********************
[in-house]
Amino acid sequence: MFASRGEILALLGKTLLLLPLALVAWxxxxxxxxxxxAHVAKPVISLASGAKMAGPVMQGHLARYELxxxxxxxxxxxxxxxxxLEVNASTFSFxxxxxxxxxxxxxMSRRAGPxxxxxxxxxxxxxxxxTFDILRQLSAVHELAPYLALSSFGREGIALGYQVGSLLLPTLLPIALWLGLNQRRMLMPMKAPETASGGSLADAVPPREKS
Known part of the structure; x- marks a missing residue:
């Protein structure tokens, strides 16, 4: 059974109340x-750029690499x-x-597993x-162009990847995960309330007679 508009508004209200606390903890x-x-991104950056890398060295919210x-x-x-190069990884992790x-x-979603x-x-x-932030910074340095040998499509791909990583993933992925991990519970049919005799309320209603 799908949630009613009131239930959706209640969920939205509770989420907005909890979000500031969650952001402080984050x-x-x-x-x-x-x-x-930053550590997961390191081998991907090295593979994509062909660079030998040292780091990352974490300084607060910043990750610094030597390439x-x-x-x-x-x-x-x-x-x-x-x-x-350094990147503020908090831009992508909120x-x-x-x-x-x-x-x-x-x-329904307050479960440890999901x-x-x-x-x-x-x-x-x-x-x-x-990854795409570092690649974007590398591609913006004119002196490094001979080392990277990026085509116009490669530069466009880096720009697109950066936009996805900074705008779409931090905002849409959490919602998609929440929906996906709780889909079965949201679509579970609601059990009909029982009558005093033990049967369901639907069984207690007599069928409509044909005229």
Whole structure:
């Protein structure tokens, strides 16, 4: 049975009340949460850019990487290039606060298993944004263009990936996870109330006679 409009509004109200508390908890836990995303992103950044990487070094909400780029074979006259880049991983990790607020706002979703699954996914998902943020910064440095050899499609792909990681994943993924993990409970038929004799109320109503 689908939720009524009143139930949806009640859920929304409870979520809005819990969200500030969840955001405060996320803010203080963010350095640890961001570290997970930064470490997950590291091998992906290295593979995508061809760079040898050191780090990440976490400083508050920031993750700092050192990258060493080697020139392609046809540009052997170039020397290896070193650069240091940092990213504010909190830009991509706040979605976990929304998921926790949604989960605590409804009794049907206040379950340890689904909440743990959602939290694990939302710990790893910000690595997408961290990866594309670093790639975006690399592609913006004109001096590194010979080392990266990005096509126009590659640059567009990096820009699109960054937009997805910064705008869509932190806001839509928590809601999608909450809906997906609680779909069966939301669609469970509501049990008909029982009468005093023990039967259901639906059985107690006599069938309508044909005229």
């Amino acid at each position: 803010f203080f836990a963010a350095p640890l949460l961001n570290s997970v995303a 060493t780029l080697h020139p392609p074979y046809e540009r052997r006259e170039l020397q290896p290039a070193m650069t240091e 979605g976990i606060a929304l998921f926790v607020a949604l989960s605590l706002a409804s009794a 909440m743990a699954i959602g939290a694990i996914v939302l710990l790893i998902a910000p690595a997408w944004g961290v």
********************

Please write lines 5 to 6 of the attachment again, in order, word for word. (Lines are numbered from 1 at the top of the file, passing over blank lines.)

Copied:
Whole structure:
């Protein structure tokens, strides 16, 4: 049975009340949460850019990487290039606060298993944004263009990936996870109330006679 409009509004109200508390908890836990995303992103950044990487070094909400780029074979006259880049991983990790607020706002979703699954996914998902943020910064440095050899499609792909990681994943993924993990409970038929004799109320109503 689908939720009524009143139930949806009640859920929304409870979520809005819990969200500030969840955001405060996320803010203080963010350095640890961001570290997970930064470490997950590291091998992906290295593979995508061809760079040898050191780090990440976490400083508050920031993750700092050192990258060493080697020139392609046809540009052997170039020397290896070193650069240091940092990213504010909190830009991509706040979605976990929304998921926790949604989960605590409804009794049907206040379950340890689904909440743990959602939290694990939302710990790893910000690595997408961290990866594309670093790639975006690399592609913006004109001096590194010979080392990266990005096509126009590659640059567009990096820009699109960054937009997805910064705008869509932190806001839509928590809601999608909450809906997906609680779909069966939301669609469970509501049990008909029982009468005093023990039967259901639906059985107690006599069938309508044909005229």